Muhammed Ali.
Why the media reserves such special treatment for
the ex-champ is hard to understand. Archie Leach,
known to his intimates as Cary Grant, and Irving Sch-
wartz, known to effete snobs as Tony Curtis, receive no
hassle from anyone. Even Malcolm Little changed his
last name to'X without an eyebrow being raised.
Perhaps if the World Boxing Association, long known
for its liberal humanitarianism, made some official an-
nouncement to the effect that yes, Virginia, there is a
Muhammed Ali, all this could be straightened out.
-L. K.

Representing some 700 parents of
University students, members of the
recently formed Parents in Support
of Students will meet with President
Robben Fleming next week and call
upon the University administration
to "respond constructively to legiti-
mate students demands."
The group of parents, based in
Detroit, organized last February to
protest the presence of police on
campus, who had been called to
patrol recruiter disruptions at that
With the disturbances which swept
the nation's campuses last month
and the resulting four deaths, the
organization's numbers subsequently
"Many parents join our group be-
cause they are looking for a way to
express their empathy with the stu-
dents," said Mrs. Nathaniel Brooks,
a sponsor of Parents in Support of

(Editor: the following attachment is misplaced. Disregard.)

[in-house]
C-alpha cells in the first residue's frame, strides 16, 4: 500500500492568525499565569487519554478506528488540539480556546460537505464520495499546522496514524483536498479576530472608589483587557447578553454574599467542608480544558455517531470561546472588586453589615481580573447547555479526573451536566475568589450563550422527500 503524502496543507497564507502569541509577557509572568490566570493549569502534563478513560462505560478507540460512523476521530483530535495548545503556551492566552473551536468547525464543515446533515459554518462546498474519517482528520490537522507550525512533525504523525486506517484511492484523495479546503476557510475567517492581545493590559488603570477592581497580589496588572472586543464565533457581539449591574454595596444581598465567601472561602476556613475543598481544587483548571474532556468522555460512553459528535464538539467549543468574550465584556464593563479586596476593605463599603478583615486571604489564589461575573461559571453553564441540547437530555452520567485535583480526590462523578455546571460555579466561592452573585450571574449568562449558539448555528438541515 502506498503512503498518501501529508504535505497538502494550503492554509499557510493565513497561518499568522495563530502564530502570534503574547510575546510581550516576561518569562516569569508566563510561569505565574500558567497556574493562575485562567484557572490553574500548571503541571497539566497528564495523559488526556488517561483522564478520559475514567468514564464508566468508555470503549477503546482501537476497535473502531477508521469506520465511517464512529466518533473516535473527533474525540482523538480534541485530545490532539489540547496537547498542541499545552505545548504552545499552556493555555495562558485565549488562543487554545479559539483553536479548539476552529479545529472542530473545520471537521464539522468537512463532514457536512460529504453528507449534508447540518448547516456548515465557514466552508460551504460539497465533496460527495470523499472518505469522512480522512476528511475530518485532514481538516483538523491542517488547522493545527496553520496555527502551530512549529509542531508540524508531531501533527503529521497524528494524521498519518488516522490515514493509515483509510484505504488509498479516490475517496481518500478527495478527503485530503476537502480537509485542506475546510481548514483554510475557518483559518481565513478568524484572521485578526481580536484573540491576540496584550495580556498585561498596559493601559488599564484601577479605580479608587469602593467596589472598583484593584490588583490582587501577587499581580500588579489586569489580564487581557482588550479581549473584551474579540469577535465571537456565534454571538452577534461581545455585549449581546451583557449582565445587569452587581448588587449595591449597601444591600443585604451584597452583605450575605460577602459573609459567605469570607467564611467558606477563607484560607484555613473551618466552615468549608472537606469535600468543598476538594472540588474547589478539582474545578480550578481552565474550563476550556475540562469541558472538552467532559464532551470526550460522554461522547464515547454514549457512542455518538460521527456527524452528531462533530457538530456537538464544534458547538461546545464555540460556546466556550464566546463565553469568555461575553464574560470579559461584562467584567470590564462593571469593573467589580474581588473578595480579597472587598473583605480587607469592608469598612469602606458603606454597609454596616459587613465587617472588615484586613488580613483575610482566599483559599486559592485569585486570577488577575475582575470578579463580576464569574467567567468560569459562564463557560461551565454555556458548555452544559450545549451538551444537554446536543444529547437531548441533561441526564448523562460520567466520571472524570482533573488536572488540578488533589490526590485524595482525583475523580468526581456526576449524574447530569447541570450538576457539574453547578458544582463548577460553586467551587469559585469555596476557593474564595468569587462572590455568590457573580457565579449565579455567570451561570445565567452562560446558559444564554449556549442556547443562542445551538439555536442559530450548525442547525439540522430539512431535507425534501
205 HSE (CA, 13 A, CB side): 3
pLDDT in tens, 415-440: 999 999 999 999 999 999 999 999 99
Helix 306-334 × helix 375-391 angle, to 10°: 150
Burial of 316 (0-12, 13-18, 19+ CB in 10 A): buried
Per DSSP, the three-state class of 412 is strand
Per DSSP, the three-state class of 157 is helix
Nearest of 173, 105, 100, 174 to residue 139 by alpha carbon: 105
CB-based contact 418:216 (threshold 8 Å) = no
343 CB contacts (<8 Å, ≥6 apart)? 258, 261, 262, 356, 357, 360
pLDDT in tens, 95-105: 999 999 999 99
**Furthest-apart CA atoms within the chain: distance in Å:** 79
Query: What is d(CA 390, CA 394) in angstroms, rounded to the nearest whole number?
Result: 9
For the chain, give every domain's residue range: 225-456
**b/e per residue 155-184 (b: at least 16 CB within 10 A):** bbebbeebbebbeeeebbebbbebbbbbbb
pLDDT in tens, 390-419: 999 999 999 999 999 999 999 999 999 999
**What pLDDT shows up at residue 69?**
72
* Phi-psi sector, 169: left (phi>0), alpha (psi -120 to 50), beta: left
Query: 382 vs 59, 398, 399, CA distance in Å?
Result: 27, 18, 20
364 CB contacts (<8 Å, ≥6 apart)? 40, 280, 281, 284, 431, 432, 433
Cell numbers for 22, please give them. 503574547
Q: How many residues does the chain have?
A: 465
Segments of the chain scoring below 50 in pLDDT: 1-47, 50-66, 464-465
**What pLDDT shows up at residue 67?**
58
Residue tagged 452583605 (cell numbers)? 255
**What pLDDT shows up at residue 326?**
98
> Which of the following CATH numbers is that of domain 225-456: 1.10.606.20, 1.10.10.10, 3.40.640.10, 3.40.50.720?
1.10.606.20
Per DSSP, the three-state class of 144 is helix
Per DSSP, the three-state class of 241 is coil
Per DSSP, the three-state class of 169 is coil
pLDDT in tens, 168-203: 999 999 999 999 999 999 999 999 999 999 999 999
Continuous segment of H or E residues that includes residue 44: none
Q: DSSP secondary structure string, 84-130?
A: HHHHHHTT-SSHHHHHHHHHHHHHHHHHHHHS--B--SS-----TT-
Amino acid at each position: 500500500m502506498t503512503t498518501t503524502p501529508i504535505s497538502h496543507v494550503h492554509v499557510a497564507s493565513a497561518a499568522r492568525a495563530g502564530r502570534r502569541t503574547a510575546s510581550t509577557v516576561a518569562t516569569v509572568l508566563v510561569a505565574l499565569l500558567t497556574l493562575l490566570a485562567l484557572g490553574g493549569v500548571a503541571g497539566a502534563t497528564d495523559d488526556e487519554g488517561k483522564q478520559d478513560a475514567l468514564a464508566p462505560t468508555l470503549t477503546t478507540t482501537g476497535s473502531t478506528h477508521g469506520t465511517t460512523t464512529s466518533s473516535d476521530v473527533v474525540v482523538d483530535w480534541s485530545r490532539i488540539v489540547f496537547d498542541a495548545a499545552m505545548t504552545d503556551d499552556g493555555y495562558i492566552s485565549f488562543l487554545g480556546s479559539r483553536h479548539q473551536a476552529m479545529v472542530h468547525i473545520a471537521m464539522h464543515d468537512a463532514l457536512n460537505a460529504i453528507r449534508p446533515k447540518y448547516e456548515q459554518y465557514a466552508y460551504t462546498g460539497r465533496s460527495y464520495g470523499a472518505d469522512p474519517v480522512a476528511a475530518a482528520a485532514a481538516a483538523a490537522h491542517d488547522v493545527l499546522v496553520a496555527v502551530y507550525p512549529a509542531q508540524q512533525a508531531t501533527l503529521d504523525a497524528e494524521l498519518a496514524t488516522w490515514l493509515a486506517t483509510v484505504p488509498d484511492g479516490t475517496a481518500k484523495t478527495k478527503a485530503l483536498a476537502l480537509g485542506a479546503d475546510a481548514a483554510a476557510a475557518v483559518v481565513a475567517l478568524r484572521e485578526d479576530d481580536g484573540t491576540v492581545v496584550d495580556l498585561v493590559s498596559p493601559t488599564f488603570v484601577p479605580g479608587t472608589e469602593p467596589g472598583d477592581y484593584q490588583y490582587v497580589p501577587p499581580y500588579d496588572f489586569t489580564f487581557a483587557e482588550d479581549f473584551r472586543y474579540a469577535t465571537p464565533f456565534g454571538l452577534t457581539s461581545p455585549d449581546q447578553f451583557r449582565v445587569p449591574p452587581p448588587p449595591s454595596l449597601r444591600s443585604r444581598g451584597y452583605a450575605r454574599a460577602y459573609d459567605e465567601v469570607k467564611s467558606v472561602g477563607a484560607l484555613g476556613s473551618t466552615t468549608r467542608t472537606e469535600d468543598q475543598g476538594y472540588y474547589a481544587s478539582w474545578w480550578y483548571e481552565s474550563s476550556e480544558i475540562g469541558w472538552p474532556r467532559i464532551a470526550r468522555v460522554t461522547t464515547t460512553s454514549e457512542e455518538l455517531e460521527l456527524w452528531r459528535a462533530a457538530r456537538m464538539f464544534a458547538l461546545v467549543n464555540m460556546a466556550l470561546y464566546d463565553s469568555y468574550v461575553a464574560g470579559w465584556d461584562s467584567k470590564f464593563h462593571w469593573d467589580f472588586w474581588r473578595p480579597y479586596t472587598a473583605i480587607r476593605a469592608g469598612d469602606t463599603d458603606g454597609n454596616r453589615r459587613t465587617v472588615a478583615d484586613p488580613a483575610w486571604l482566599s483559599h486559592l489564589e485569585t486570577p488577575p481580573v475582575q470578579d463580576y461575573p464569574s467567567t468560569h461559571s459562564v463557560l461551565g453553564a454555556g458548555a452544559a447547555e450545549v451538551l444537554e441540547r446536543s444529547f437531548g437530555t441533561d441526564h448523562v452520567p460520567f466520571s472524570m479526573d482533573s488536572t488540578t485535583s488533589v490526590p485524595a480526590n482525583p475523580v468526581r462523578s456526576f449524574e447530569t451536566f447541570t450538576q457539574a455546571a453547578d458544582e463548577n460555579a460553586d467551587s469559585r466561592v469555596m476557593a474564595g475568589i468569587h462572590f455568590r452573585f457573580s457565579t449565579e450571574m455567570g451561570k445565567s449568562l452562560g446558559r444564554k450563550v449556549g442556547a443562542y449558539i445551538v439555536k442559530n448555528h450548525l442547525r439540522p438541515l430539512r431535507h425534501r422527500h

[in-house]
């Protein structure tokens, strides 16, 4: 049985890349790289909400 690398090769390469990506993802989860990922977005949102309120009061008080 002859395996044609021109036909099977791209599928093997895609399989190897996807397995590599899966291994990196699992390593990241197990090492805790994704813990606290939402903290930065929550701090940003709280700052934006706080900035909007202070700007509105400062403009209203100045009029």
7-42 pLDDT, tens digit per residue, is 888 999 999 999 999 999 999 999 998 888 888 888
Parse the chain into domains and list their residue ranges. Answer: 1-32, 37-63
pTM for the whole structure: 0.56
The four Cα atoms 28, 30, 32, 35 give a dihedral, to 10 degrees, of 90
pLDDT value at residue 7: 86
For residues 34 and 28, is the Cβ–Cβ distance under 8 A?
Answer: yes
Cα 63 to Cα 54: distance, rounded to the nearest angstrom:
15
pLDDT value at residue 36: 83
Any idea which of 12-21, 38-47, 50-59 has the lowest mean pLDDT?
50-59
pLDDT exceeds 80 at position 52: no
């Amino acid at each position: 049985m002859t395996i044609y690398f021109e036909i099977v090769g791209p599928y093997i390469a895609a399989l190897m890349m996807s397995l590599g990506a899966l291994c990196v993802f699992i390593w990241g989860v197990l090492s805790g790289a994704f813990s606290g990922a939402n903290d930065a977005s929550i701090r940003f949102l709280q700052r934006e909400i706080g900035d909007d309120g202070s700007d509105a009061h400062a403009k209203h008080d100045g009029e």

"We are a watch-dog committee so
that our young people don't get
knocked around by establishment
practices. We are concerned about
our children and thus hope to be a
unified front against the repression
and police violence aimed at them,"
said another sponsor of the group.
Since it began, the group has tried
to maintain continual pressure on
the University administration. In
March, several members met with
two University vice presidents to
express their fears of what they
believed to be escalating police re-
pression and brutality on campus.

A member of the group explained
that she felt the vice-presidents at
that time were generally unrespon-
sive and out-of-touch with the pres-
ent issues facing students.
When the representatives of the
parents' group meet with Fleming
next week they will strongly suggest
to the president that the University:
-Act not as a neutral institution
above strife but as an advocate of
the students;

-Seek to constructively resolve all
problems and avoid calling upon po-
lice forces;
-Refuse to permit police on cam-
pus who have removed their badge
-Initiate c r i m i n a 1 complaints
against those officers guilty of mis-
conduct and brutality;
-No longer provide University fa-
cilities to job recruiters.

Yesterday's Results
Chicago 4, Boston 2
Kansas City 8, Washington I
California 7, Baltimore 5, 11 inn.
Oakland 5. Cleveland 2
New York 5, Minnesota 2
Detroit 8, Milwaukee 3
Today's Ganes
Boston at Chicago
Washington at Kansas City
California at Baltimore
Oakland at Cleveland
Minnesota at New York
Milwaukee at Detroit